Trans Pacific Partnership (TPP)

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Trans Pacific Partnership (TPP)

Postby Clancy Stein » Wed Oct 09, 13 6:39 pm

Said to be the "son of SOPA" and "NAFTA on steroids", the Trans Pacific Partnership (TPP) is a backdoor corporatism attempt that would in fact have global implications.

This secret push is headed by such infamous companies like Halliburton and Monsanto with the intention of enabling a total global hegemony that essentially makes corporations behind key industries operate with indemnity, essentially more powerful than legal government.

http://m.democracynow.org/stories/13922
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Postby Clancy Stein » Wed Oct 09, 13 6:45 pm

So while this whole gubment shutdown's happening there's this thing called the Trans-Pacific Partnership trying to be put through to secure a fiat legal system that protects corporations, banks, and oil companies to do all the things people want outlawed. The TPP uses secretative tactics to appear to be just a trade agreement when it actually contains things like a revised SOPA in its bills as well as convoluted nomenclature (jargon, legal language double-talk) that could be interpretted as a legal bypass to restrictions on fracking.

The only congressman allowed to see it went by the name Grayson. He was only allowed to read a small section of it, alone, with no aids and not allowed to take notes.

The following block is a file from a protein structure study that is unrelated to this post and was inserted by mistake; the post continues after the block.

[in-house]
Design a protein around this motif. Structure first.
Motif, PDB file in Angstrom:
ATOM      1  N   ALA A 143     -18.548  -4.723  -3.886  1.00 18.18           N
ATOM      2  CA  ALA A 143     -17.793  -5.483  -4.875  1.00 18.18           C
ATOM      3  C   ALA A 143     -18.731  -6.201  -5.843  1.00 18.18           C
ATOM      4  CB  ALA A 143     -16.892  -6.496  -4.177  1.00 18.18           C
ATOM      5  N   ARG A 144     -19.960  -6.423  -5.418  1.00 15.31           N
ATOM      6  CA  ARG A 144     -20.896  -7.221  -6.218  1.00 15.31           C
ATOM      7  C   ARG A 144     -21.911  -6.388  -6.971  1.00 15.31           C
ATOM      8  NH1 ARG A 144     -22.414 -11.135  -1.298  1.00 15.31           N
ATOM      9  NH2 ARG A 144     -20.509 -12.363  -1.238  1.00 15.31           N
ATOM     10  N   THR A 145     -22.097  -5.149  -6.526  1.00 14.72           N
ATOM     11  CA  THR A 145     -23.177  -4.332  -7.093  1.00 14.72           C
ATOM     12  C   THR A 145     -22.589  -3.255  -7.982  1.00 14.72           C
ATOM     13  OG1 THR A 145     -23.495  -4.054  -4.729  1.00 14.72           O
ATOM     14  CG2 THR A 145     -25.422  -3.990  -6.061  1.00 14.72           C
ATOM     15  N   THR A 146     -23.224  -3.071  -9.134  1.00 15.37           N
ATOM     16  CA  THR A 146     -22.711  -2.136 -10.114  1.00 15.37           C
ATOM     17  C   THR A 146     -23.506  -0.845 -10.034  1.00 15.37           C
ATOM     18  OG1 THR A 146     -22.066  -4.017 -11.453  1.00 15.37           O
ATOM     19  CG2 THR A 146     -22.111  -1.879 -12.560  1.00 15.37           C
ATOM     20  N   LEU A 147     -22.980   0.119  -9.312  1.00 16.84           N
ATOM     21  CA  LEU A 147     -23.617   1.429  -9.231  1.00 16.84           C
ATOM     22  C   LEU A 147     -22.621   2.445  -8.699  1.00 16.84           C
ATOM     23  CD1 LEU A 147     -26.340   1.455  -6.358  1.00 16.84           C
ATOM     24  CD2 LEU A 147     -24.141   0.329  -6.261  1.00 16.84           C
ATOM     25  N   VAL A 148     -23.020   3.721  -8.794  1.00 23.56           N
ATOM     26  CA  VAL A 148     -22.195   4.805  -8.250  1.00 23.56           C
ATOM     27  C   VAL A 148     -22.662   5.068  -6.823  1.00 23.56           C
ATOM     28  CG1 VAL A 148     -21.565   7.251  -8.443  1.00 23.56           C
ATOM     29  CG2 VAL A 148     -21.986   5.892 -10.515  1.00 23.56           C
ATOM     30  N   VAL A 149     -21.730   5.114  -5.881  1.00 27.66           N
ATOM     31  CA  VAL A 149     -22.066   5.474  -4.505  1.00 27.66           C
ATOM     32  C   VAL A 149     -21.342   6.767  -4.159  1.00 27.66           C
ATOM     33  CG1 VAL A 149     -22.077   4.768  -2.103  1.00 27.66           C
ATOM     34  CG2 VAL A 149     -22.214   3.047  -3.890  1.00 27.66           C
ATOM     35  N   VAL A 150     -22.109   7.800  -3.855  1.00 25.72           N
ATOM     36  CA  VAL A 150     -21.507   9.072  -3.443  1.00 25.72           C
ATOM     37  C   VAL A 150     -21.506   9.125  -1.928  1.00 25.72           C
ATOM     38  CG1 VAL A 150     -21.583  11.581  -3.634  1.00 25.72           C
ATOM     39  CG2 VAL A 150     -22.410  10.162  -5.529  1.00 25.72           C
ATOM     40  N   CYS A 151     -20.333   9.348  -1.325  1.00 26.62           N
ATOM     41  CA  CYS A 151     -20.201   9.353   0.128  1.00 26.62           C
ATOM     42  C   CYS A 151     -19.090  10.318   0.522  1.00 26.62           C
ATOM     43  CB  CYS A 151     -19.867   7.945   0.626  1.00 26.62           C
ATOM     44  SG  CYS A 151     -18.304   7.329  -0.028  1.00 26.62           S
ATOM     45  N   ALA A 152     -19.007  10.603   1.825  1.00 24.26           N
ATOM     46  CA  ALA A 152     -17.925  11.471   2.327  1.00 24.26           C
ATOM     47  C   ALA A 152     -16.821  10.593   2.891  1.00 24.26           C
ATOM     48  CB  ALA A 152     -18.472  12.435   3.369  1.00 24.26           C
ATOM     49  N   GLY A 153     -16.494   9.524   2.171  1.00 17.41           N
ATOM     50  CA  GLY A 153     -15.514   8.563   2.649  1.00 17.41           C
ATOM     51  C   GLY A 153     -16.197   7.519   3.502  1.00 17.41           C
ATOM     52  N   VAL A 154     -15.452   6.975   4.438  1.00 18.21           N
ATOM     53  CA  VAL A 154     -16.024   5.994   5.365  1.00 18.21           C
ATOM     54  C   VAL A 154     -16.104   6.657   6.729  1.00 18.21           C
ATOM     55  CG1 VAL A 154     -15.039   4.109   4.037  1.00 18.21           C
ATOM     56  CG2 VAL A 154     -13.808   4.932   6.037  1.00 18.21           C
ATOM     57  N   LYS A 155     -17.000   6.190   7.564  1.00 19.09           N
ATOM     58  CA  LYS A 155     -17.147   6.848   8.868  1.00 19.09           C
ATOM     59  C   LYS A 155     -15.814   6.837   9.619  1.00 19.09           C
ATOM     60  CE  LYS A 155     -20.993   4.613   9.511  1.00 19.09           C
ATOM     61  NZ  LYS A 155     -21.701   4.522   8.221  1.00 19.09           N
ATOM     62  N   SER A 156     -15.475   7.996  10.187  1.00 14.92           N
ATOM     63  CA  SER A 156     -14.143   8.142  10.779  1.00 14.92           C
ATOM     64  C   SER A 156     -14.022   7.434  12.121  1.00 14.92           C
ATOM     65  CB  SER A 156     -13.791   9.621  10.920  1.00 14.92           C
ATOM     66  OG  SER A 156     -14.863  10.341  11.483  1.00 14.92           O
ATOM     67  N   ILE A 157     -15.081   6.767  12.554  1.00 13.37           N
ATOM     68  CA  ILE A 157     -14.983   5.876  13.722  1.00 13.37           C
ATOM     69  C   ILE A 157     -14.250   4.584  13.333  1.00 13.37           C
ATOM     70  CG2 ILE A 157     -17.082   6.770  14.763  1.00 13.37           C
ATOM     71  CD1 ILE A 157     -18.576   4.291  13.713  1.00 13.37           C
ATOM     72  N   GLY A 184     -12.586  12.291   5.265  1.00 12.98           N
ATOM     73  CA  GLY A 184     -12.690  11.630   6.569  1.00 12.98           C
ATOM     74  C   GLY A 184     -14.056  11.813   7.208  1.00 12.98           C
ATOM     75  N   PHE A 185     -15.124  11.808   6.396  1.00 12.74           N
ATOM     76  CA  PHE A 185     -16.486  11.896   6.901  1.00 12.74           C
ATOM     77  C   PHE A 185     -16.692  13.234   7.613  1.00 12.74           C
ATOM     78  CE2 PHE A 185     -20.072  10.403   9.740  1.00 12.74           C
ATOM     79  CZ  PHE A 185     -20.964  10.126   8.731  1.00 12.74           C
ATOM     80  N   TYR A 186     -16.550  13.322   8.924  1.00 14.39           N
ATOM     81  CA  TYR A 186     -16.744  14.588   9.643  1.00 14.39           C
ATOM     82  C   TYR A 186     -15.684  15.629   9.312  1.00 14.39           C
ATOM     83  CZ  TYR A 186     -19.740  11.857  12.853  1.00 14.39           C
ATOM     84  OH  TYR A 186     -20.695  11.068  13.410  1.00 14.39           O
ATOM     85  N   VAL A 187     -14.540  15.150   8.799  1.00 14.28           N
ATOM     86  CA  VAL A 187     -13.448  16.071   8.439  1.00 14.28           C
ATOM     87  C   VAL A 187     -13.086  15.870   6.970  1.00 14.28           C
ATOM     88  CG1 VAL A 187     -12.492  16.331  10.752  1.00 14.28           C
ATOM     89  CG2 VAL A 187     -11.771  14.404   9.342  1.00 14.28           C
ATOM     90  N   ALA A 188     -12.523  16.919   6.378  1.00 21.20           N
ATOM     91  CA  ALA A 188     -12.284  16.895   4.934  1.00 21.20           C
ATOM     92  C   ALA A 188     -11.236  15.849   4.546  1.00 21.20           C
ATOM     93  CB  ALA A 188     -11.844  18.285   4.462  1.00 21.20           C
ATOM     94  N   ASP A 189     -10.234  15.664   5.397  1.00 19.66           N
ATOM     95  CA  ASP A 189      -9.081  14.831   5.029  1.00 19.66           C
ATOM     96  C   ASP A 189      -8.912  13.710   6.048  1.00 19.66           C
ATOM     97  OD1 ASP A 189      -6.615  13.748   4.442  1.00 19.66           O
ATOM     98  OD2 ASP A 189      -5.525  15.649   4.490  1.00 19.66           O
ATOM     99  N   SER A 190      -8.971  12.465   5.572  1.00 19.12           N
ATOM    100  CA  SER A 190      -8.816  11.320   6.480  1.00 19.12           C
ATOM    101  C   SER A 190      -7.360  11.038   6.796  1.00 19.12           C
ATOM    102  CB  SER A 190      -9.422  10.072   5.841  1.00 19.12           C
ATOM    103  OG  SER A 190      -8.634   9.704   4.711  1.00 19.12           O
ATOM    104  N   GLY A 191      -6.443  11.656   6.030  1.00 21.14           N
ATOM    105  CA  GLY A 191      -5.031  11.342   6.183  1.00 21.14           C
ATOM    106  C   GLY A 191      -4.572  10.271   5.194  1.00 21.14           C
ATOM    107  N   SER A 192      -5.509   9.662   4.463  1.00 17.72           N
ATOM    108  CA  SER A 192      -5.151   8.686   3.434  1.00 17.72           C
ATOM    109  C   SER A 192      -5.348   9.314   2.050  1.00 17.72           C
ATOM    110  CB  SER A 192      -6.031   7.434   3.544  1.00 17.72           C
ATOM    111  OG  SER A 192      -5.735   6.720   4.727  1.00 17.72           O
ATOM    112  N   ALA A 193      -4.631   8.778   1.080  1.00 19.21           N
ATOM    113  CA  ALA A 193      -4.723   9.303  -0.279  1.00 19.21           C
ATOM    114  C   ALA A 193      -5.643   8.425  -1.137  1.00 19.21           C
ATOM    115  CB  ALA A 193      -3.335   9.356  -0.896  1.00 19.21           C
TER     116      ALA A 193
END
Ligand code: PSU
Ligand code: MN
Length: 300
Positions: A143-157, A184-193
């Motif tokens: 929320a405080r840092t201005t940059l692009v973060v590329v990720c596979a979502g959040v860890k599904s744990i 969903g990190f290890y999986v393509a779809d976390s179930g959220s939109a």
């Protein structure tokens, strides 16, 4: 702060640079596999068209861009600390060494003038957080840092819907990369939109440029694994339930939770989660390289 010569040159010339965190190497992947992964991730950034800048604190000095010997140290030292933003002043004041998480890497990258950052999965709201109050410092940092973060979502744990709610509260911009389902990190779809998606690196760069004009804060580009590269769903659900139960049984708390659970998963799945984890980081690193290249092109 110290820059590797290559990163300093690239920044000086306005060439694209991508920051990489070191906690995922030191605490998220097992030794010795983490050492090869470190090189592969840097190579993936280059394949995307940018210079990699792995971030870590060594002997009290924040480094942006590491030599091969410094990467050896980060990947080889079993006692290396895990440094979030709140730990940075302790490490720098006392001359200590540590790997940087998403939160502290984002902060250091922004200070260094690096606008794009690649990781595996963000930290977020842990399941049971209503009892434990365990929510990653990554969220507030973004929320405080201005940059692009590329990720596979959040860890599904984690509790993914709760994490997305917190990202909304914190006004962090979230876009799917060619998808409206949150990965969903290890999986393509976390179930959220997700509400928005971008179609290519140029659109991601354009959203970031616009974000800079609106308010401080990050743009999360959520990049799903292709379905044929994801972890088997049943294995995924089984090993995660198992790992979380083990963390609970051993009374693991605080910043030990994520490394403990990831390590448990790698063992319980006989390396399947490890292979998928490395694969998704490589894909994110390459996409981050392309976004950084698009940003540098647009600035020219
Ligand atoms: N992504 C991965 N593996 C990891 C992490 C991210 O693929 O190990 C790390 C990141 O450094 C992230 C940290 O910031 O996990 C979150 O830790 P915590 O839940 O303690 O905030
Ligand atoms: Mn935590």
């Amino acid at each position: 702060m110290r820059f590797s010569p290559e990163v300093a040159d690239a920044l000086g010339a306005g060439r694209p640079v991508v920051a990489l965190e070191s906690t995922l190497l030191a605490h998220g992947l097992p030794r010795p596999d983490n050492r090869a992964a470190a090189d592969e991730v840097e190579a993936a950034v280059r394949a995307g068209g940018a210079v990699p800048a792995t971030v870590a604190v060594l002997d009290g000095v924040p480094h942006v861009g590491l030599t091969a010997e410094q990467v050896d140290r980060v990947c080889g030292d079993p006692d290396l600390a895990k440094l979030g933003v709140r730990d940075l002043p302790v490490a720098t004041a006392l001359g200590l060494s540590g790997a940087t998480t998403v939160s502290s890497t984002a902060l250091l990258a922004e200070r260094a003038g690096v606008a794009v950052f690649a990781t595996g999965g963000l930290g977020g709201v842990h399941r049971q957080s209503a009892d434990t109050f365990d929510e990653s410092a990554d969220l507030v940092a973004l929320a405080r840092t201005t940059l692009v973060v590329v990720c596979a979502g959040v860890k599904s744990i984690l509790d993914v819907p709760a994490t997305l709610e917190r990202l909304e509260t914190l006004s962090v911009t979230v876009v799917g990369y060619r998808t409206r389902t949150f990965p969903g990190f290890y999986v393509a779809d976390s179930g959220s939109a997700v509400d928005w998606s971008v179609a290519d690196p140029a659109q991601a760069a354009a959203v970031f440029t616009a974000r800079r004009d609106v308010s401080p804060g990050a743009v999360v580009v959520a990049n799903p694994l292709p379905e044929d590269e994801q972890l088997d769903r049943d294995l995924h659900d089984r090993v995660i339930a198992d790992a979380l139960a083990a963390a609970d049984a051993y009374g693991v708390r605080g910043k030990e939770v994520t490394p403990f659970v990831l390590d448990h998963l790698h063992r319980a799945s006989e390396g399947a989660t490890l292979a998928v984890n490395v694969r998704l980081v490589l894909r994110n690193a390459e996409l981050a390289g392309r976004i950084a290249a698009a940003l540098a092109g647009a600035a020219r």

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Postby Aidan » Wed Oct 09, 13 6:47 pm

Reading into this right now. Scary shit.
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Postby Clancy Stein » Wed Oct 09, 13 6:48 pm

They are totally relentless and will continue to try to implement what they want in increasingly sneaky ways until the government can be utilized to serve the people instead of special interests.
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Postby clyzm » Wed Oct 09, 13 7:44 pm

Those sneaky bastards

I hope Congress actually reads this bullshit, when it goes up for voting I'm going to make several calls to my local congressman
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Postby Clancy Stein » Wed Oct 09, 13 7:50 pm

With the UN trying to implement law on the US and other countries and the TPP passing there could be a marriage hegemony with funding and impunity to govern and exploit the world.

Sound familiar?
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Postby clyzm » Wed Oct 09, 13 8:16 pm

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Postby Aidan » Wed Oct 09, 13 10:18 pm

I've read some more on it. Definitely a wolf in sheeps clothing.

Only an approximate 25% of the content is related to the trade agreement. The rest has nothing to do with it.
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Postby Hanover Fist » Mon Nov 11, 13 11:02 pm

This article highlights how corporations are already overstepping parliamentary laws with impunity, even suing the government for the loss of "intellectual property".

http://www.theguardian.com/commentisfre ... -democracy.
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Postby Aidan » Tue Nov 12, 13 12:10 am